Of Words and Such - Even though Beyond the OT Pale

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Of Words and Such - Even though Beyond the OT Pale

Edward A. Dauer
It's from an earlier meaning of the word pale, which meant a specific region or area within a defined boundary.  Hence the denotation of beyond the pale is "outside the boundary."  Another current use of the word's earlier meaning is the phrase "The Pale of Settlement," which meant and to historians still means a bounded region in Russia into which Russian Jews were herded and allowed to live, more or less, during the generation before the first World War.

I agree with Wayne that today the connotation is usually negative; and I also understood the user to mean it literally and so not negatively at all.

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    Message: 13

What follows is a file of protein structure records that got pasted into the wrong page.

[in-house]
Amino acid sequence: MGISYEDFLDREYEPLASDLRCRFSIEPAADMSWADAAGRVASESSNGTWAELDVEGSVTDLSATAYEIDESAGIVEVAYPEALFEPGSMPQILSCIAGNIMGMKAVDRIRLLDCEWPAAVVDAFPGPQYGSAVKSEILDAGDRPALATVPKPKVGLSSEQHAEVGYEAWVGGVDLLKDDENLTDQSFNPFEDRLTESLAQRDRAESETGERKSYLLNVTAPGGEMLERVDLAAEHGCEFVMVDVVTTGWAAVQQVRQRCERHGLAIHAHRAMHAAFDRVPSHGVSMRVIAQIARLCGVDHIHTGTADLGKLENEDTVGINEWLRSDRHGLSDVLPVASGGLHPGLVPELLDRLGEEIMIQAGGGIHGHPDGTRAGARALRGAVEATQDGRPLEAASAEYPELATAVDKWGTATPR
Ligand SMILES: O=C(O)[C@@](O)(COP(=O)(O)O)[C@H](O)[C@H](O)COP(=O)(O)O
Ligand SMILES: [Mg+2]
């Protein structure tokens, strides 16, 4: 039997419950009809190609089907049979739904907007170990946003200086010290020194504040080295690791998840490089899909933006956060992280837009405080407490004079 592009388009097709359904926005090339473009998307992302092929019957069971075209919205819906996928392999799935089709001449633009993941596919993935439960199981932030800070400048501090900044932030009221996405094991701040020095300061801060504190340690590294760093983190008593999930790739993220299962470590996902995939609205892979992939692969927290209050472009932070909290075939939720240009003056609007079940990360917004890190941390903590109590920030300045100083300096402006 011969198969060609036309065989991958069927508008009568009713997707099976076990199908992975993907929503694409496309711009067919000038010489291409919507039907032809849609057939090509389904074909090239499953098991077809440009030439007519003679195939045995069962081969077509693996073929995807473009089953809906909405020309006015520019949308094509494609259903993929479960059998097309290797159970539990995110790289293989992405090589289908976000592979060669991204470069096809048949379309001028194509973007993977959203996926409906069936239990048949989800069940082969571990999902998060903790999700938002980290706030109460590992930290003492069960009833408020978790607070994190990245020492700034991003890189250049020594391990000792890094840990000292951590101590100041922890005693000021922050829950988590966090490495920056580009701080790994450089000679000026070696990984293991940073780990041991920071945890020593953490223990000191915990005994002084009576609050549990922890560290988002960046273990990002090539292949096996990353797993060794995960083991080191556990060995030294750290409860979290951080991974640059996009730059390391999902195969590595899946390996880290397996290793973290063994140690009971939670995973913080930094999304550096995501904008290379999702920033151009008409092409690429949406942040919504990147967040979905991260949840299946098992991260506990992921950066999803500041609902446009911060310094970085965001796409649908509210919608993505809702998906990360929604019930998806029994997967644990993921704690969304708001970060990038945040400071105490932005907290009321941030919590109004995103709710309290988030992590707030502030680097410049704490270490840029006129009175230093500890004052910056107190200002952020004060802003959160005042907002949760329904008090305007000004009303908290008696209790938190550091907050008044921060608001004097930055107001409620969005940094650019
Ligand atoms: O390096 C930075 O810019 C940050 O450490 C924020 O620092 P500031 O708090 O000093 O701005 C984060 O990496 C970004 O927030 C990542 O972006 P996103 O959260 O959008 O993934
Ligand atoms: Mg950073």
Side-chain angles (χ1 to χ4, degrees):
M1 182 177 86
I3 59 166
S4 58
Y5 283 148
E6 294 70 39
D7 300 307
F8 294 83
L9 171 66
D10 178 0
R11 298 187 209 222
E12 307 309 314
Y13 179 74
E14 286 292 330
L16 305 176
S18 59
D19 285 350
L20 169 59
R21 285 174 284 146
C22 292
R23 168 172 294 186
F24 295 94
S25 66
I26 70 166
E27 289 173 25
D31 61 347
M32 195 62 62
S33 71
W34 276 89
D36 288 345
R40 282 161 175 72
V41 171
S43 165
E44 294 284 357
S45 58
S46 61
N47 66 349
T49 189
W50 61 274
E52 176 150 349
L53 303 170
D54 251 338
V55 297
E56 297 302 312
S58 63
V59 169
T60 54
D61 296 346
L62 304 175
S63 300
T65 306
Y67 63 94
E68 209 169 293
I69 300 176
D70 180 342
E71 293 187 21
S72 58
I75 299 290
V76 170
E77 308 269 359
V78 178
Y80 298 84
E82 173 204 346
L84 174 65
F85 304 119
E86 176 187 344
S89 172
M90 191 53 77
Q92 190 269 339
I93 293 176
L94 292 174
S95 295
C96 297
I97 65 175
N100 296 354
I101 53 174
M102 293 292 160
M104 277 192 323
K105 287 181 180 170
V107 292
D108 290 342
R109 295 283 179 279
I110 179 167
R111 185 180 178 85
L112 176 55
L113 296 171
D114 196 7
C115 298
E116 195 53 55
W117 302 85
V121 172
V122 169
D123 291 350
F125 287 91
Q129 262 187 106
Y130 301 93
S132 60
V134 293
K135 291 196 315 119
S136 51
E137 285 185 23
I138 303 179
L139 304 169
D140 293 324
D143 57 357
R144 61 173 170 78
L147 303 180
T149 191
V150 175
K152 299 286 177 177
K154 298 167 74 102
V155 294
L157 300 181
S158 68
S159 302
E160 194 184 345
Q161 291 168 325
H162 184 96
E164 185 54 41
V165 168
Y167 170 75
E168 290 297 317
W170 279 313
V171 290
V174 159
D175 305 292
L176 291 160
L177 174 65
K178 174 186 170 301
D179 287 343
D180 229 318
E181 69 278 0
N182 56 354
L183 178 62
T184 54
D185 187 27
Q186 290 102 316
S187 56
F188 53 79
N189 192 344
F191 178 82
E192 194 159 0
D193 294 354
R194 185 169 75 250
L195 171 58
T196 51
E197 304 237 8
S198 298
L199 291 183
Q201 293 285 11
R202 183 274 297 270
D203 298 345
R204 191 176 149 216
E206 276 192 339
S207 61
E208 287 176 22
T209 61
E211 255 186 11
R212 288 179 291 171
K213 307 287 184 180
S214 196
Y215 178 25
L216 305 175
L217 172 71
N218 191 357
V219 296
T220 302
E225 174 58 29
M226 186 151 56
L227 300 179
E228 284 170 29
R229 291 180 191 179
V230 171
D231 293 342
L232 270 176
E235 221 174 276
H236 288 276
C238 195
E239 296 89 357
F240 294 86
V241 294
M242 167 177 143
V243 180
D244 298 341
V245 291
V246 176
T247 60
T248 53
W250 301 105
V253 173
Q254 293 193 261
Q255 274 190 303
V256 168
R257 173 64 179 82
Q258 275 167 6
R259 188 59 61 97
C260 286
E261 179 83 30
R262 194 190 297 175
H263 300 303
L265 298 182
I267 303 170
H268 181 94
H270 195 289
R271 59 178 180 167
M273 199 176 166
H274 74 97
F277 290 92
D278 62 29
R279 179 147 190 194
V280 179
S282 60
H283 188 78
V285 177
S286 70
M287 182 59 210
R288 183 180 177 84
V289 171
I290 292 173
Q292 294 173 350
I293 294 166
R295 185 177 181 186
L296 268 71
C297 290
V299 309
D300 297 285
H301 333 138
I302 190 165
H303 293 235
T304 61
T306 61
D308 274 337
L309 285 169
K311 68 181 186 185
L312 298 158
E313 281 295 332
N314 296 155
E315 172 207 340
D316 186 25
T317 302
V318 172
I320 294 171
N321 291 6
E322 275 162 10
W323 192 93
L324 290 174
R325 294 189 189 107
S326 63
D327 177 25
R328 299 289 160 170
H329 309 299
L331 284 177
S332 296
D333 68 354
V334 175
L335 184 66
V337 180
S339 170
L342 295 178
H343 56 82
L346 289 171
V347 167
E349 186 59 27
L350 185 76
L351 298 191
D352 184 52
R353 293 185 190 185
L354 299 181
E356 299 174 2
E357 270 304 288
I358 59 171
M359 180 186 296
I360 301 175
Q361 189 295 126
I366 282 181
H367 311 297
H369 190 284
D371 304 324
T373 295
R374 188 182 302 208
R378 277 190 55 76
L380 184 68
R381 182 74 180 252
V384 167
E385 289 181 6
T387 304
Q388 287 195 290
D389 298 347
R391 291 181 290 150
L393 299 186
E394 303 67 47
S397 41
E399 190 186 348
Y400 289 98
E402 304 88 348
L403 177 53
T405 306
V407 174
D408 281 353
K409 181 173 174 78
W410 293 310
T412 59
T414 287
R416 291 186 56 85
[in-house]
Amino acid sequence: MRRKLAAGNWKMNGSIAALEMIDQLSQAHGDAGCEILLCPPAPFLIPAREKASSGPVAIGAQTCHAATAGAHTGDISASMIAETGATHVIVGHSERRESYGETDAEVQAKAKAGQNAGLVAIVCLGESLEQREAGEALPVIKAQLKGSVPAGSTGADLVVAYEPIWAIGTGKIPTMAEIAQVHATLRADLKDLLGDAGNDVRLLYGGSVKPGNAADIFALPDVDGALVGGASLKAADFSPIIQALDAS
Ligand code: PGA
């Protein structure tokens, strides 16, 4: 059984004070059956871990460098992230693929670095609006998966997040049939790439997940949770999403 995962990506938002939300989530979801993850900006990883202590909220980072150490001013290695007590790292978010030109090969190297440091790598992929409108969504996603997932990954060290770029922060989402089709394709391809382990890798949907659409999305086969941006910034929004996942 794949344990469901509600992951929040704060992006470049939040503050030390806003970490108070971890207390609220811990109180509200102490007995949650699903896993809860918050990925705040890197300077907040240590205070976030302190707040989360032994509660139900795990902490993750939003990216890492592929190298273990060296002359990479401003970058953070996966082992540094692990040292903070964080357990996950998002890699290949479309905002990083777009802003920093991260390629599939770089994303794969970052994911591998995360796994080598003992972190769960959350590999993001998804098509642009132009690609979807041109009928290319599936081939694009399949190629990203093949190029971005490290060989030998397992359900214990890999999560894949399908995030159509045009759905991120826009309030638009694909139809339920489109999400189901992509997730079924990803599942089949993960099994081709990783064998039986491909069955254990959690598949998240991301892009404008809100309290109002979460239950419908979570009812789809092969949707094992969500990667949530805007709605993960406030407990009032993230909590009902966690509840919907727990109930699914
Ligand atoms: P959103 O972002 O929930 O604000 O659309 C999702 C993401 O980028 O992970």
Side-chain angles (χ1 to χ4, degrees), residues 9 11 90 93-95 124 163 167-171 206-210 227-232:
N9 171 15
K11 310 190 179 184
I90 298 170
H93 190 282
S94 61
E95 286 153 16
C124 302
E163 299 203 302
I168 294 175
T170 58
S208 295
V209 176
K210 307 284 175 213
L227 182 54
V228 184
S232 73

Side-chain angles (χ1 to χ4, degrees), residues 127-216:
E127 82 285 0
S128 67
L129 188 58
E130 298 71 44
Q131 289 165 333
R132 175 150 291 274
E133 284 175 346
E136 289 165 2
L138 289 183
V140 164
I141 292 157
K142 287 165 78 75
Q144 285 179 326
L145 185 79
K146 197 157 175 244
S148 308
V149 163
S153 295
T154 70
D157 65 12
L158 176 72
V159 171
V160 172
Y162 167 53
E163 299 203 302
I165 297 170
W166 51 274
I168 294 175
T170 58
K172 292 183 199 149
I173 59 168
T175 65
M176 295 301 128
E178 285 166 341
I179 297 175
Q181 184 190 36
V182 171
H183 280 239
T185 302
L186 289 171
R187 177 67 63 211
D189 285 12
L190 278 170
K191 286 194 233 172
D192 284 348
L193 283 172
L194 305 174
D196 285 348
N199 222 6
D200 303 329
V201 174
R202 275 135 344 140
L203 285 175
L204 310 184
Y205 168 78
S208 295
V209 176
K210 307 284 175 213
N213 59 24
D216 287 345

Date: Fri, 26 Apr 2019 10:29:49 -0700
    From: Wayne Burdick <[hidden email]>
    To: Frank Krozel <[hidden email]>
    Cc: Elecraft Reflector <[hidden email]>, Andy Durbin
    <[hidden email]>
    Subject: Re: [Elecraft] Of words and such
    Message-ID: <[hidden email]>
    Content-Type: text/plain; charset=us-ascii
    "Beyond the pale" is an infrequently used idiomatic expression (at least in the U.S.), probably misunderstood by many. I believe it is used in a negative sense for the most part, but clearly that isn't what the writer meant.
    Some English words have become completely useless in practice, like "semiannual" and "biannual," either of which can mean "twice a year" or "every other year." In fact if you look up the definition for one, you often see the other shown as a synonym.

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